Books read in November 2012

Full-on Mock Printz prep this month. Plus a great non-Mock-Printz-YA Novel which will probably be a top 5 favorite for this year.  And Dennis Lehane’s new book, which I didn’t like very much, alas.

Read
The Brides of Rollrock Island
Margo Lanagan
Read for Mock Pritnz
This is that kind of fiction that I think is supposed to be “literary” because there are a lot of words, and pretty, carefully written words at that, but not a lot of explaining because, I guess, the author thinks the reader should be smart enough to figure things out.  But when it’s not really clear to me from the beginning what is going on, it’s hard for me to attach to the book.  Also, I didn’t find the characters very distinct from  one another, so I was always a bit confused.  That said, there are a few pages in the last quarter of the book that are beautifully written and if you “need” to finish the book, just keep waiting for them. They might make the whole book worth it.

Every Day
David Levithan
A very clever plot device (main character wakes up in a different body every day) executed brilliantly by Mr. Levithan.  This book questions the nature of gender, love, brain chemistry, sibling relationships, family relationships, body type, race, sexual orientation and probably other things I’m forgetting.  I couldn’t figure out how he was going to end the book in a way that made everything okay, but he did it.  I will be recommending this for years, so you should go and read it now so I don’t have to harangue you.

The Miseducation of Cameron Post
Emily M. Danforth
Read for Mock Printz
I recently lamented that all the up-and-coming actors in my age demographic have either become “too old” and disappeared (mostly the women) or have become established actors, full of gravitas (mostly the men.)  However, it seems the novelists in my age demographic are just now really getting started. Ms. Danforth would be a novelist in my age demographic who has set her story in the same period (more or less) when I attended high school which had a lot to do with my enjoyment of this book.

But!  I also liked that it was set in a tiny Montana town where a friend lived and worked after college and I have even visited that town so I could picture it in my mind’s eye.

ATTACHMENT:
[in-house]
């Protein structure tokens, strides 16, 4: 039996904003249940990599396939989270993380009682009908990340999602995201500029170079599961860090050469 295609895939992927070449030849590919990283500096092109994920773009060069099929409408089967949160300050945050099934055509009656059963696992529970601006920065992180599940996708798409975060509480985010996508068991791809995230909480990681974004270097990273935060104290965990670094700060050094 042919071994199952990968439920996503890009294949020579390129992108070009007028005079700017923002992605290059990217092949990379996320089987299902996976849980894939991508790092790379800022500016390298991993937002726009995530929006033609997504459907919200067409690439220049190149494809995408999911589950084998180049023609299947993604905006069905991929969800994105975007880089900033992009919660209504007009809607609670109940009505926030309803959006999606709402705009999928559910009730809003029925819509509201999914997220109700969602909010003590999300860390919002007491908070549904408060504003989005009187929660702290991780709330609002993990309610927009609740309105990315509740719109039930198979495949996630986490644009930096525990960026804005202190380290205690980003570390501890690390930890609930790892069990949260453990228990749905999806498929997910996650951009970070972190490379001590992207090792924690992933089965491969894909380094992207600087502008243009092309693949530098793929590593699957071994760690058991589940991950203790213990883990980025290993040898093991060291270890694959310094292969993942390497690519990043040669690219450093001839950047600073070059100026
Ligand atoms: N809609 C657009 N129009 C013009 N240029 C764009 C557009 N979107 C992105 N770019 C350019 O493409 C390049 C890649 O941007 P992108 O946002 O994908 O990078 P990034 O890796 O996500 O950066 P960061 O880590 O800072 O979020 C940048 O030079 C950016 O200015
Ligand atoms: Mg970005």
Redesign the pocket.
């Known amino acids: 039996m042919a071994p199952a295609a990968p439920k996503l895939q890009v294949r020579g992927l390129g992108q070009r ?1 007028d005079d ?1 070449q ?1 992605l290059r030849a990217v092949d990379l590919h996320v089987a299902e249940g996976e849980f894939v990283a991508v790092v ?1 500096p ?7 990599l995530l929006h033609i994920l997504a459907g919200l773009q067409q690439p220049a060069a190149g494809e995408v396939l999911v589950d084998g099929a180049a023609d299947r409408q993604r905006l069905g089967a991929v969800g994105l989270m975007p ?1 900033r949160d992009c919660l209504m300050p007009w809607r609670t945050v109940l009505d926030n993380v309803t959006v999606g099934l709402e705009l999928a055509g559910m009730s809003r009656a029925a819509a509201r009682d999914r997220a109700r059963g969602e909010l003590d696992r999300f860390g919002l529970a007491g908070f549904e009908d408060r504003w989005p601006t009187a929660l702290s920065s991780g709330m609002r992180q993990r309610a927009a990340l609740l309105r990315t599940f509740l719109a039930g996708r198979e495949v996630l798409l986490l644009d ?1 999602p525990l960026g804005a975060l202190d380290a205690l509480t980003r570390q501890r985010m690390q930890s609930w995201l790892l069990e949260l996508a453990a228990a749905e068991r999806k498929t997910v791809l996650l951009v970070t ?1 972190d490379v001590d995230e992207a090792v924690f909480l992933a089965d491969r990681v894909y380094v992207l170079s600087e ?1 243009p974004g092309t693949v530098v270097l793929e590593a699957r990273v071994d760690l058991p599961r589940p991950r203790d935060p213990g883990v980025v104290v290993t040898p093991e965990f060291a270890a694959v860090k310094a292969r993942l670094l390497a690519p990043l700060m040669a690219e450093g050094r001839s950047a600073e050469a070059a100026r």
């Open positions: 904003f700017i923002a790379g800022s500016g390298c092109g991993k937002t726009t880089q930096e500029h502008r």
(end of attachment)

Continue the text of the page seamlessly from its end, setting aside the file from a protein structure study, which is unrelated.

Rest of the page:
And!  I loved it was a coming-of-age novel about a lesbian as those are in short supply (at least I think so, I don’t come across them often.)

Also! I loved the writing–at least three passages made it to my quotes page–and the characters were great. Danforth is quite good at capturing little details that made the story come alive.  The hair tucking of the young minister who looked like Jesus, or Eddie Vedder was one such example. This was one of those books I liked so much I was recommending it to people before I had even finished it.


The Quitter
Harvey Pekar
Read for Book Group
Eh.  It’s a graphic novel, which aren’t my medium.  And I’m not the biggest fan of Harvey Pekar’s schtick.  I thought the art was a good fit for the time period, but I didn’t love this book.

Live by Night
Dennis Lehane
Dennis Lehane, here are the things you do very well as an author:  You create fabulous characters, fully-formed, flawed, smart and smart-assed.  You write plots that are interesting, complicated, a bit dark and have a social justice bent to them.  These things are very good and will keep me always reading your books. But you know what you do better than everyone else?  Star-crossed love.  And when your book, interesting as it might be and this one was, does not have star-crossed love I feel a great sadness and find myself feeling a bit cheated.  So you maybe you want to move away from star-crossed love.  Okay, I’ll still read your stories.  But I’ll be patiently awaiting your next book with star-crossed love.

Ask the Passengers
A.S. King
Hey look, it’s another book about a girl who likes a girl!  And it deals with that whole “questioning” issue.  That’s a good thing.  I think there is a lot of questioning going on.  Overall, I thought this was a pretty successful book. The main character’s relationships with her sister, family, friends and girlfriend felt pretty true-to-life.  The “ask the passengers” device never stopped feeling like a device.  But I kind of liked it.

Started and did not finish
Moonbird
Read for Mock Printz
I get a big heavy feeling in my chest when I read about species in peril because it seems to be too big of a problem for anyone to solve and the whole thing feels hopeless.  This book is about the amazing journey of a bird, but  it’s also about the trouble his fellow birds are in.  I don’t know what to do about that and dealt with my despair by putting the book down and never picking it up again.

Also, I found the prose rather breathless.  And that annoyed me.

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